U.S. auto makers made record mileage and carbon-dioxide-emissions improvements in model-year ’12 and appear on track to meeting first-year targets in the industry’s march toward new federally mandated levels of fuel efficiency.
Preliminary U.S. Environmental Protection Agency data shows the industry’s fleet-wide CO2 emissions at 296 grams per mile, or the equivalent of 30.0 mpg (7.8 L/100 km). Auto makers were expected to achieve 295 gpm, or 29.3 mpg (8.0 L/100 km), in the first year of the targets that ratchet up to maximum CO2 emissions of 250 gpm, 35.5 mpg (6.6 L/100 km), by 2016.
Factoring in credits for advanced air-conditioning systems should push the industry safely over its requirements.
But some manufacturers remain under pressure to achieve individual targets enforced separately by the U.S. National Highway Traffic Safety Admin.
“They are tough standards,” says Greg Schroeder, a senior research engineer at the Center for Automotive Research in Ann Arbor, MI. “Things could get interesting in 2016.”
Auto makers including Daimler, BMW, Chrysler, Fiat, Jaguar Land Rover, Porsche and Volvo missed their corporate average fuel economy bogeys for ’12 and will face fines by NHTSA, which in ’11 reached $25.6 million.
The NHTSA results underscore the work manufacturers of smaller, high-output vehicles have ahead of them under rules employing for the first time a “footprint” approach to determine an auto maker’s individual share of the fleet standard.
Sellers of smaller cars must achieve higher levels of fuel economy than auto makers marketing larger models, such as fullsize trucks and SUVs.
“Quite the challenge, because we are not always fairly treated, especially if you take the footprint as a reference,” Porsche North America President and CEO Detlev von Platen tells WardsAuto.
However, auto makers selling fewer than 400,000 vehicles annually in the U.S. face a slower ramp-up to 2016, and they also have the opportunity to purchase credits from other companies to reach their minimums.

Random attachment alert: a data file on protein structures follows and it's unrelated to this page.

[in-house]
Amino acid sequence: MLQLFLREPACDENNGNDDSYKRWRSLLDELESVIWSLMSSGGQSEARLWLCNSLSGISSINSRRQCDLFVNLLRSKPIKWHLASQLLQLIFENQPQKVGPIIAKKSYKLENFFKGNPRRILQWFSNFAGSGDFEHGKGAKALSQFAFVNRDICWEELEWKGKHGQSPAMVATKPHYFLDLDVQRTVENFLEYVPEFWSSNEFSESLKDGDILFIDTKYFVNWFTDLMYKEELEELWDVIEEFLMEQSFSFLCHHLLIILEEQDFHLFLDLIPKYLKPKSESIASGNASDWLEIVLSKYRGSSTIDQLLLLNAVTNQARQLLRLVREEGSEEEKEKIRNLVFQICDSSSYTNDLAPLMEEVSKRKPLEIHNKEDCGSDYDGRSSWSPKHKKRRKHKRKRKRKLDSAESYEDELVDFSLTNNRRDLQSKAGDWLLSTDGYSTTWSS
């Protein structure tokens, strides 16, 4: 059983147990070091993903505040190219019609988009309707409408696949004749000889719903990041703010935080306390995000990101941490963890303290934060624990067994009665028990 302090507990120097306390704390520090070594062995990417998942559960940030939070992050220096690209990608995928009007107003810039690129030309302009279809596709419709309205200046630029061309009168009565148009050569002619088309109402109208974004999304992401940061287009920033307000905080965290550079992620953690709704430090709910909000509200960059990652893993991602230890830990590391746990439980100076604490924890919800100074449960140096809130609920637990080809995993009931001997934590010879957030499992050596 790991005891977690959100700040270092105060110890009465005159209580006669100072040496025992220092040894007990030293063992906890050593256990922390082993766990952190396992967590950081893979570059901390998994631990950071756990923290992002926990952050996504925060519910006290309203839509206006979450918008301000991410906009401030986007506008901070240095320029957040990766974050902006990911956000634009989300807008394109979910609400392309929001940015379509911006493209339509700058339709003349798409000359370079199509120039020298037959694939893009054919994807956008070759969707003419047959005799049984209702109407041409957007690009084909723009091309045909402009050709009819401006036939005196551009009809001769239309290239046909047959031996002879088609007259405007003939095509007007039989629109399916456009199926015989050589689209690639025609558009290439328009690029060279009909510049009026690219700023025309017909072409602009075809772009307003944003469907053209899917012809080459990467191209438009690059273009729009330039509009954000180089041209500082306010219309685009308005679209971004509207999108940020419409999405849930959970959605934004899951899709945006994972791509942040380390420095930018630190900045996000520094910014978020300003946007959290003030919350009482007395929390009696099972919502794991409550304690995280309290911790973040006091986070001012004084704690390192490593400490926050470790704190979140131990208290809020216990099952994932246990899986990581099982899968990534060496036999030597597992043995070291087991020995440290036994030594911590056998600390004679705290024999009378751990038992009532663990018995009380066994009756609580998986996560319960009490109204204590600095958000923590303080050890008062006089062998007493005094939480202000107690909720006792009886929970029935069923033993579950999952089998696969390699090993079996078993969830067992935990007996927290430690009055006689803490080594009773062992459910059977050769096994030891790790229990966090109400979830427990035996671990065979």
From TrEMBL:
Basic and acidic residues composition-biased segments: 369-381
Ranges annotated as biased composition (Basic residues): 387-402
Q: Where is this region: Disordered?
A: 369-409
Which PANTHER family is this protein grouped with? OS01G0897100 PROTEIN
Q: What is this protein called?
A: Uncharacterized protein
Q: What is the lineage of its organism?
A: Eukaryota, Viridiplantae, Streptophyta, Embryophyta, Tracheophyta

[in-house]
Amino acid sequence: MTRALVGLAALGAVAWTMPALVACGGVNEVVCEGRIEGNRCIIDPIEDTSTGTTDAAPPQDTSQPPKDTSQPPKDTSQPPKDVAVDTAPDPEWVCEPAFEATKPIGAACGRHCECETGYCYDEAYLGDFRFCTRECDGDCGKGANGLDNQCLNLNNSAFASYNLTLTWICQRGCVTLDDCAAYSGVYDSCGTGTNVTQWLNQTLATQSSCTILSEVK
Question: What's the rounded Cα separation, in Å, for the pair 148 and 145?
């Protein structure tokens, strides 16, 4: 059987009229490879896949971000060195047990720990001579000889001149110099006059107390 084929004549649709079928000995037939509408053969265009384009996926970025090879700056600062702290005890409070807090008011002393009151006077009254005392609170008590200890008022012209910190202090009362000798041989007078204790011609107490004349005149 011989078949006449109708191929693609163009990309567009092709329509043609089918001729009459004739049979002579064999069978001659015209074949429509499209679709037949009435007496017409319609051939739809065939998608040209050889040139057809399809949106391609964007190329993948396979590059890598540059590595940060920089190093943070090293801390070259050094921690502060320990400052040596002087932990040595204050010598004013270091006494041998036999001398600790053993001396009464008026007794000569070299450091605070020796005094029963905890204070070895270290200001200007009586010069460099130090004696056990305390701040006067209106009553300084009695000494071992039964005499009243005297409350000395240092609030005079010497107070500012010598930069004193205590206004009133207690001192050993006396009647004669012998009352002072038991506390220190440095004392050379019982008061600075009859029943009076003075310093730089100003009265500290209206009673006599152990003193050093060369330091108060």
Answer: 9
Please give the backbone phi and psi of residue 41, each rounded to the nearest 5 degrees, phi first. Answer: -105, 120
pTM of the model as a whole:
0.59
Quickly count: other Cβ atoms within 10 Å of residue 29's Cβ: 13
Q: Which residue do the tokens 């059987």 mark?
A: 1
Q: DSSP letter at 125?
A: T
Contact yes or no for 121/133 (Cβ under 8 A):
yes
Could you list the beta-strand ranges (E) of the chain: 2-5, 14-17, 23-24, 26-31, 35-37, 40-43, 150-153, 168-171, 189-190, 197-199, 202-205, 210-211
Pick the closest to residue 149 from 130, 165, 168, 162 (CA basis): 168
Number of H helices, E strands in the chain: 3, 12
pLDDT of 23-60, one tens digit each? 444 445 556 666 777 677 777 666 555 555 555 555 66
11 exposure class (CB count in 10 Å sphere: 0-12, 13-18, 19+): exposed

They may not need the loopholes.
Each of the auto makers to miss ’12 NHTSA minimums soon will bring to market electrified vehicles sure to boost their fuel-economy averages.
Ford, for example, saw its quarterly performance in theWardsAuto Fuel Economy Index jump once its hybrid-electric vehicles began recording meaningful sales volumes. Ford’s index rose to 23.8 mpg (9.9 L/100 km) in first-quarter 2013 from 22 mpg (10.7 L/100 km) in third-quarter 2012.
Over the same period, Ford went from trailing the industry average of hybrid and EV penetration by more than two share points to exceeding the present average of 3.6%.
On the whole, the data would suggest auto makers are on track to meeting efficiency standards once thought out of reach.
“Jaguar Land Rover is making a variety of product changes to improve fuel economy at a rate that exceeds the industry average during the ’12-’16 model-year period,” the auto maker tells WardsAuto in a statement.
“Further improvements will be supported by (research and development) investment by (Indian parent) Tata ($4.6 billion) and driven by increased use of advanced powertrain and hybrid technologies and lightweight materials in existing and new models.”
Between the ’07 and ’12 model years, according to the EPA, CO2 emissions rates declined 13% and fuel economy increased 16%. The emissions and fuel-economy improvements auto makers made between ’11 and ’12 represent all-time lows and record year-over-year improvements.
All major auto makers improved fuel economy between ’11 and ’12, resulting in lower emissions. Honda is projected to have the lowest emissions levels and highest fuel economy for ’12, dethroning ’11 leader Volkswagen, now in second place.
Mazda, Toyota and Subaru would round out the top five performers in ’12.
General Motors, Chrysler-Fiat and Daimler were the poorest performers.
Final figures for ’12 will come from the EPA next year. Hyundai and Kia are not factored into the results at this time due to a continuing government investigation into overstatement of the fuel economy of some of their models.
New technologies are driving the efficiency gains. Fuel-saving gasoline direct-injection systems, for example, have grown from essentially zero in ’07 to 24% of the market in ’12, according to the EPA.
The use of turbochargers, which allow auto makers to downsize engines without sacrificing performance, tripled to a projected 9% in ’12 from 3% market penetration in ’07, while the use of transmissions with more than six speeds and continuously variable transmissions also tripled in the same time period to 75% from 25%.
Consumers have more fuel-efficient vehicles to choose from, as well.
According to the EPA, the number of SUVs, pickups, minivans and vans with combined-cycle fuel-economy values of more than 20 mpg (11.8 L/100 km) increased 70% to 65 models in ’12 from 38 models in ’07. The number of conventional HEVs and diesel-equipped vehicles has doubled and growing numbers of plug-in HEVs and battery EVs are available.
In fact, the EPA says 25% of ’12 vehicles likely would meet 2016 emissions standards, and most of them use traditional internal-combustion technologies across a wide range of vehicle segments. About 20 models could meet the even tougher 2025 regulations.